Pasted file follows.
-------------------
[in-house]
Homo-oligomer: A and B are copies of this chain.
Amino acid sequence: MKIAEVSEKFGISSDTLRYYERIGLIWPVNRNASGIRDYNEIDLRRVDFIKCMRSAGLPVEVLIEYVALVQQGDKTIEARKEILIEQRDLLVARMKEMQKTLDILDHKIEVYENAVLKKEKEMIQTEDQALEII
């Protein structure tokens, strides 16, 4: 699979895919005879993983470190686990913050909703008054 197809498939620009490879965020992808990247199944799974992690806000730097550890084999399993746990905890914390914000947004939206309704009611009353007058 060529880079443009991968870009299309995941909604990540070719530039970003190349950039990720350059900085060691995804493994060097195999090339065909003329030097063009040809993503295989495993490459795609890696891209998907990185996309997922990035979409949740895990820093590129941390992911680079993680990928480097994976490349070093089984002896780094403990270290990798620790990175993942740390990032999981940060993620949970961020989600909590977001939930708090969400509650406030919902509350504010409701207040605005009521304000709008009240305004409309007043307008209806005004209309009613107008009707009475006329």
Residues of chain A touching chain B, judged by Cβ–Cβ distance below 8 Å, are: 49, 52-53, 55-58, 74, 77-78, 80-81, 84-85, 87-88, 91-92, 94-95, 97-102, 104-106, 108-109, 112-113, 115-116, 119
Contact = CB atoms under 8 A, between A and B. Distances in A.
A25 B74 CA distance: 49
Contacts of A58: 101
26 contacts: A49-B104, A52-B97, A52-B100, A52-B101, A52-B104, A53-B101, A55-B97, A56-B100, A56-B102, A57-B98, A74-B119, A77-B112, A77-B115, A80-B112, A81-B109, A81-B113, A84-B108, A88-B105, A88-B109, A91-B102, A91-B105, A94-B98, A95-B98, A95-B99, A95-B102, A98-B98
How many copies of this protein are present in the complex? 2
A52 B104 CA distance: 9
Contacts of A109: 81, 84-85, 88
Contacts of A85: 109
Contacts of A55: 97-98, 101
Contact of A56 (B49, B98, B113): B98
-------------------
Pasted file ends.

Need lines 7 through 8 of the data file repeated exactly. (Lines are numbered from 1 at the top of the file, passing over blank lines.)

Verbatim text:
A25 B74 CA distance: 49
Contacts of A58: 101